Gross domestic product

market value of goods and services produced within a country

In economics, gross domestic product (GDP) is how much a place produces in an amount of time. GDP can be calculated by adding up its output (total production) inside a country.

To find the GDP of a country, one adds up all consumer spending (C), all investment (I), all government spending minus taxes (G), and the value of exports minus imports (X – M). This is shown by the equation:

This measure is often used to find out how healthy a country is; a country with a high value of GDP can be called a large economy. The United States has the largest GDP in the world.[1] Germany has the largest in Europe,[2] Nigeria in Africa[3] and China in Asia.[4]

There are different ways to calculate GDP. Nominal GDP is the total amount of money spent on all the goods (new and final) in an economy; however, real GDP (adjusting for changes in prices) tries to correct this number for inflation. For example, if the prices rise by 2% (meaning, everything costs 2% more) and the nominal GDP grows by 5%, the real GDP growth is only increased by 3%.

GDP per capitaEdit

GDP per capita is the total income of a country divided by the number of people living in that country. It shows how rich people are, on average.

There are also different ways of calculating GDP per capita: nominal and purchasing power parity (PPP). Nominal does not take into account the inflation rate and the cost of living of a country, but it's more useful when comparing national economies on the international market. PPP may be more useful when comparing peoples' living standards between countries.[5]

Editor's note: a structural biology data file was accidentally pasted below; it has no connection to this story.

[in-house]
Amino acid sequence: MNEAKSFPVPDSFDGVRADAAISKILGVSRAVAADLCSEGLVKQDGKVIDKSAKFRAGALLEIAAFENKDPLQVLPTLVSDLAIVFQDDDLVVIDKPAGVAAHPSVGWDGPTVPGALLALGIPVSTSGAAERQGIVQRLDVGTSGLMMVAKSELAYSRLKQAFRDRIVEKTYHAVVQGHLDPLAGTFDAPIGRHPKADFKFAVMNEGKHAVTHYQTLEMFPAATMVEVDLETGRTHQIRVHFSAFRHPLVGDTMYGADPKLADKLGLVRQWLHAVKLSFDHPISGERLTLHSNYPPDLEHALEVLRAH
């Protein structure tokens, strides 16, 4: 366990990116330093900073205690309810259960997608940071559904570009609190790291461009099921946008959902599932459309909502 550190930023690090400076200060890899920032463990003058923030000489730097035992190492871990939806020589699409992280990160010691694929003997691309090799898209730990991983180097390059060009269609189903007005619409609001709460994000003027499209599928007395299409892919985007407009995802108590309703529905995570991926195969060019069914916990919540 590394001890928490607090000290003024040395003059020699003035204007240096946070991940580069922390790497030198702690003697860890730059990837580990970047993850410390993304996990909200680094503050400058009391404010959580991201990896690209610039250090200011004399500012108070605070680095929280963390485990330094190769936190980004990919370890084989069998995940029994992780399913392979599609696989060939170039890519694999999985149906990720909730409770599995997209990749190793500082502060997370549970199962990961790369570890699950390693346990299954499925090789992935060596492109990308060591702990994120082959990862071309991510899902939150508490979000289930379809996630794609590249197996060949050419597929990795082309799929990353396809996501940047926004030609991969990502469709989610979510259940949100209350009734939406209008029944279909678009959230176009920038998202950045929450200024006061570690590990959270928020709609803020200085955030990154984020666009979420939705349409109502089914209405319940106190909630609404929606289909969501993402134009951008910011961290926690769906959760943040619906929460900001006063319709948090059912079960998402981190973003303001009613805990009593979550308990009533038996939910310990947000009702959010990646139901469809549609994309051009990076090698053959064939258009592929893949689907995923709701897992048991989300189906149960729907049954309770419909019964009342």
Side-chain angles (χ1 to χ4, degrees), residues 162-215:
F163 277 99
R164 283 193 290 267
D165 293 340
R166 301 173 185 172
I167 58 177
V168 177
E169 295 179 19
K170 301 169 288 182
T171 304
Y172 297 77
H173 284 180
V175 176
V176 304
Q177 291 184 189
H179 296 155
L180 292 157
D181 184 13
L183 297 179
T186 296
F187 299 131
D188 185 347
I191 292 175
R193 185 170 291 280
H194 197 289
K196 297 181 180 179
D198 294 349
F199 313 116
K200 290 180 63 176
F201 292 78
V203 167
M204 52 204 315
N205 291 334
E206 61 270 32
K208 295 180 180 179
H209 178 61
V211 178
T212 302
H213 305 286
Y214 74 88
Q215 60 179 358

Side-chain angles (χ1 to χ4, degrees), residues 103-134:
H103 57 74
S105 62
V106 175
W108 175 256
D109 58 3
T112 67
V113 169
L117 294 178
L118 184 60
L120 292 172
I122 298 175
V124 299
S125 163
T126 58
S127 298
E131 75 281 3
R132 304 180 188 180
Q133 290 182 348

Gross national productEdit

The GDP measure is different from gross national product (GNP) in that GNP = GDP + net income from assets in other countries (net income receipts).

Nominal GDPEdit

When the gross domestic product is evaluated at the current market prices, it is called the nominal GDP. It includes changes in prices which makes it different from the real GDP due to inflation or price fluctuations. It can be measured in one of three different ways: income approach uses the total of all income from businesses and individuals in a single year; the expenditure approach uses the market value of all goods purchased in a single year; and the production approach is based on the total production in a single year.[6]

ReferencesEdit

  1. Economic Power in a Changing International System - Page 25, Ewan W. Anderson, Ivars Gutmanis, Liam D. Anderson - 2000
  2. OECD Reviews of Regulatory Reform, 2004, p 92
  3. "Africa's new Number One". 12 April 2014 – via The Economist.
  4. China and the World Economy, Yih-chyi Chuang, Simona Thomas - 2010
  5. Hall, Mary. "What Is Purchasing Power Parity (PPP)?". Investopedia. Retrieved 23 February 2019.
  6. "Nominal GDP". Investopedia, LLC. Retrieved November 28, 2016.